‘Plausible’ to argue that letting meat eaters drown is the moral choice, professor argues
It is “plausible” that there is a moral case for letting meat eaters drown, according to an Oxford University philosopher.
Michael Plant argued in the Journal of Controversial Ideas that in a hypothetical situation it could be justified to let people who eat meat drown, since they cause “suffering” to animals.
He is a research fellow at Oxford University’s Wellbeing Research Centre.
In his paper, Plant wrote that many people accept a duty to save strangers’ lives, such as a child drawing in a pond, while also accepting that it is wrong to cause the suffering of animals in factory farms. According to Plant, this creates a major problem for those who accept and practice the vegan lifestyle.
This is because both of these moral principles are actually in conflict with one another if the person in danger is a meat eater and the cause of continued animal suffering.
He wrote the vegan has no obligation to save a person, despite their inclination to follow a duty to save others.
Plant (pictured) wrote it is “surprisingly plausible” that letting a meat eater down is a “lesser evil” under this argument, which he called the “Strong Anti-Carnism Thesis.”
“The basic argument is this: for each year of meat eating by a human, that creates about five years of chicken life,” he wrote. “So, if we consider just that, and think that those animals have lives which are nearly as bad as human lives are good, then the Strong Thesis is no longer inconceivable.”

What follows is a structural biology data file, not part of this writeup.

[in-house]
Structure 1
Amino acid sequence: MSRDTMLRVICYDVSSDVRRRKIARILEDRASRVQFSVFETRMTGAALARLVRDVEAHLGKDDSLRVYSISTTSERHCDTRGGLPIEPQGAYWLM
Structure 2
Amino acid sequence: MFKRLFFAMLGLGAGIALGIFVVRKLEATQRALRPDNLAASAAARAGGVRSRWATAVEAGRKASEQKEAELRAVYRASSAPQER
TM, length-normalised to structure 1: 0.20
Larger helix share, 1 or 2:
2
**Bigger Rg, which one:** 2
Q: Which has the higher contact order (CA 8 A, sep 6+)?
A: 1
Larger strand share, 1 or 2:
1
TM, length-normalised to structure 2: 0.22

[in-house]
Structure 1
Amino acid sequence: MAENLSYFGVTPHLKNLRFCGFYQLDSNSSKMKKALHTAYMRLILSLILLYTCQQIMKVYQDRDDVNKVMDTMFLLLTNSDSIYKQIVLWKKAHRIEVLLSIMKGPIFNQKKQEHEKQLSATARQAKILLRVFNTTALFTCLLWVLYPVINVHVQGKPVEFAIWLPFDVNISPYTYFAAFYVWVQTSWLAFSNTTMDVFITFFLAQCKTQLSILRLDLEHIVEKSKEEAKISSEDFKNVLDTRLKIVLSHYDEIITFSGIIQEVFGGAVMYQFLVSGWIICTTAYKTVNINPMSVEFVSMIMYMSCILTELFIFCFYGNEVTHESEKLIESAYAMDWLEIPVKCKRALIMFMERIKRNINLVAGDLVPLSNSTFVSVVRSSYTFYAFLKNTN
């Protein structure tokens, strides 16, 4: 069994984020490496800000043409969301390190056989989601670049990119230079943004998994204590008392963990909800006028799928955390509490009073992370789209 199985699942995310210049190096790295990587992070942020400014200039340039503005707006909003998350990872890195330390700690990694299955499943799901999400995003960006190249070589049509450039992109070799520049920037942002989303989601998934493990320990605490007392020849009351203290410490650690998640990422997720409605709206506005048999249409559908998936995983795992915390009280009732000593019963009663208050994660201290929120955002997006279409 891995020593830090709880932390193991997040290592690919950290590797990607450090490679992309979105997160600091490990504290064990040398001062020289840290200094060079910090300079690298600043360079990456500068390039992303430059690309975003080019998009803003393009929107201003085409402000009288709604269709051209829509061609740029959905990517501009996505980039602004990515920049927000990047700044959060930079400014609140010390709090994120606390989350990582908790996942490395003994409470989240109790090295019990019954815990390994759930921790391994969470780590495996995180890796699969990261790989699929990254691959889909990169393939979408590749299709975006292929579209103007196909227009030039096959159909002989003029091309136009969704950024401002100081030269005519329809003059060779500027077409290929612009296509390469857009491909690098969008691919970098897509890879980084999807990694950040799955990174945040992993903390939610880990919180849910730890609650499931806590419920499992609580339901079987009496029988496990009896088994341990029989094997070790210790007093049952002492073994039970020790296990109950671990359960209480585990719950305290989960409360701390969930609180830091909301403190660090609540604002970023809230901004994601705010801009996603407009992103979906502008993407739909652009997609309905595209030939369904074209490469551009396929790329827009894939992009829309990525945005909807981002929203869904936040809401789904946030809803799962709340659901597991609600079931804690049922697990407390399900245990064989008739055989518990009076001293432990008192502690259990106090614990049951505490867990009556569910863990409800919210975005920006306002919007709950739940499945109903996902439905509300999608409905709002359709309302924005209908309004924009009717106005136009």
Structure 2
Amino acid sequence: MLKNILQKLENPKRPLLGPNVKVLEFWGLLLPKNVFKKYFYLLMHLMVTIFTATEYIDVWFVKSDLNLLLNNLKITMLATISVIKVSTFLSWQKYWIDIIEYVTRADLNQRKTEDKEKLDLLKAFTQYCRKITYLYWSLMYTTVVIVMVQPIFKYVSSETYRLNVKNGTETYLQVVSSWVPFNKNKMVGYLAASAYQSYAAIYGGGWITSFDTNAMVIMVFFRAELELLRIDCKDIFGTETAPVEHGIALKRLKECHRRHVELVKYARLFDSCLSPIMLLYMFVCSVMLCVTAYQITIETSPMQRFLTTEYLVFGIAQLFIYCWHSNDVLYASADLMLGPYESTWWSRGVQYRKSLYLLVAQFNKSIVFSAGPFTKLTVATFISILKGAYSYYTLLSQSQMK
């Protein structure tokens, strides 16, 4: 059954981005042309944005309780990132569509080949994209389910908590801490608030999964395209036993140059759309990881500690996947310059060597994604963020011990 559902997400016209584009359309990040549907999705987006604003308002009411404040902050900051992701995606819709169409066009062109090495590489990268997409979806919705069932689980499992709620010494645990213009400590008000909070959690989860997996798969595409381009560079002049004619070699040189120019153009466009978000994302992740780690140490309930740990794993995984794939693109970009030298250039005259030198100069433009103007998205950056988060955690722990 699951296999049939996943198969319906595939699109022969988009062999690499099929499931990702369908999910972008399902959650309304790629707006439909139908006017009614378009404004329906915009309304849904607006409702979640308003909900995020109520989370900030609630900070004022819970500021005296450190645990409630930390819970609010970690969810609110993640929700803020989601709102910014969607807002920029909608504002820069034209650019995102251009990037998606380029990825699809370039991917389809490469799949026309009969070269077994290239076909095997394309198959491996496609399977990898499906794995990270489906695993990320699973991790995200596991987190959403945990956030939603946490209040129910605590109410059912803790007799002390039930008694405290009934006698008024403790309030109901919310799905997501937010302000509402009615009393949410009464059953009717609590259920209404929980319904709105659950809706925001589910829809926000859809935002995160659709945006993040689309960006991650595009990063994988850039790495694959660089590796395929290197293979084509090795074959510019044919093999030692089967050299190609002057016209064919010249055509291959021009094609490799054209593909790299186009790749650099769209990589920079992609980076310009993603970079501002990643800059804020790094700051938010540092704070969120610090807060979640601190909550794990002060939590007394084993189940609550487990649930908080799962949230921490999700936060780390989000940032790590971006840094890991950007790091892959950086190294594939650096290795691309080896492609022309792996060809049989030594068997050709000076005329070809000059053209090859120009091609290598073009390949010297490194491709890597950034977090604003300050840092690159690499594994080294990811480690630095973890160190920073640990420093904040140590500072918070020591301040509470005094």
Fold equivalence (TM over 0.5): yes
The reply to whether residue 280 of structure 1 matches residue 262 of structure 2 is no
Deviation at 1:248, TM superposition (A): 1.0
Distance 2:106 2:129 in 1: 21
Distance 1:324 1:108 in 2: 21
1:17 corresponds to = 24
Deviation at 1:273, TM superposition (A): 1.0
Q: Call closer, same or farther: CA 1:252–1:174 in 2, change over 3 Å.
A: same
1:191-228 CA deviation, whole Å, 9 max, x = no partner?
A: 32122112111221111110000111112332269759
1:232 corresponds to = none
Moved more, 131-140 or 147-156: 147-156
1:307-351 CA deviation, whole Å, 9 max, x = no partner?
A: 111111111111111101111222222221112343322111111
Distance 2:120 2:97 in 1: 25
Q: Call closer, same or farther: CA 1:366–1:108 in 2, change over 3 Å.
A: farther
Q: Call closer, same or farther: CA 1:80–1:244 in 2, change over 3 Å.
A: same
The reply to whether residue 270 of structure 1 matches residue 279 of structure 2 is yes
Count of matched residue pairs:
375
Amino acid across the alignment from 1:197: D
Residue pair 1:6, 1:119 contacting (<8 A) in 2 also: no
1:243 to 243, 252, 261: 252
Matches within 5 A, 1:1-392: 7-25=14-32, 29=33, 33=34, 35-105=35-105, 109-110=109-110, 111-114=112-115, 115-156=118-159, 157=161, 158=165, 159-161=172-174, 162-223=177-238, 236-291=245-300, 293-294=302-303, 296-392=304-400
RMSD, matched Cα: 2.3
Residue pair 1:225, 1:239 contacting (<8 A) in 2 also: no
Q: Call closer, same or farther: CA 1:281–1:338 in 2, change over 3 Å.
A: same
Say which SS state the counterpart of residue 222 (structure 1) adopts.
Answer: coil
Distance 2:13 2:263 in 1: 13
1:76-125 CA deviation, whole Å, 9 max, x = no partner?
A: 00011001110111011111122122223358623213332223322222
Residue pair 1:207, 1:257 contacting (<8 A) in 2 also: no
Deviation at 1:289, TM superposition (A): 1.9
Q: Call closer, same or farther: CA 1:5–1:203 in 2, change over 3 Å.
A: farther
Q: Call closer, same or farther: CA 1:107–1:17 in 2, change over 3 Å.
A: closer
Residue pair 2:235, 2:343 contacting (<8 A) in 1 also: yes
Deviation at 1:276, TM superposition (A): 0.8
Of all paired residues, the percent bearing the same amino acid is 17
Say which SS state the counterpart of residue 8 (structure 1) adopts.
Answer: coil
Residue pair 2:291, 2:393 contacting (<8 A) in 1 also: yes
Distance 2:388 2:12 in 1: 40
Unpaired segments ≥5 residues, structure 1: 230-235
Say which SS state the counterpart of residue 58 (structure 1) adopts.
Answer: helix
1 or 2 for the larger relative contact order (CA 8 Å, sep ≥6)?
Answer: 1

He said of the “many objections” he considered, “none of them seem to offer a decisive reason to reject the Strong Thesis for someone who thinks meat eating is wrong and animals in factory farms suffer intensely.”
The College Fix reached out to Plant twice in the past three weeks to ask for clarification on his position, including his comparison of human and animal suffering. He has not responded.
However, two philosophy professors contacted by The Fix took issue with Plant’s argument.
Patrick Lee, a philosopher and director of Franciscan University of Steubenville’s Center for Biothetics, called Plant’s argument “outlandish,” in an email to The Fix.
Professor Lee said “the proposal that we can know that a person who’s meat-eater will cause more evil than good is outlandish.”
Society is “not in a position to make that kind of measuring or weighing,” Lee told The Fix.
“There is a basic moral principle directing to easy rescue: we ought to care for persons and their intrinsic flourishing—that’s the basis principle of morality—not exerting some effort to help one if doing so would not conflict with other serious intrinsic goods would violate that basic principle,” Lee said.
Boston College philosophy Professor Peter Kreeft said human and animal suffering are not comparable.
“I do not weigh animal suffering against human suffering any more than I weigh animal novels or astronomy against human novels or astronomy; they are incomparable,” Kreeft told The Fix via email. “Humans are immortal souls and of intrinsic value.”
IMAGE: Wellbeing Research Centre/YouTube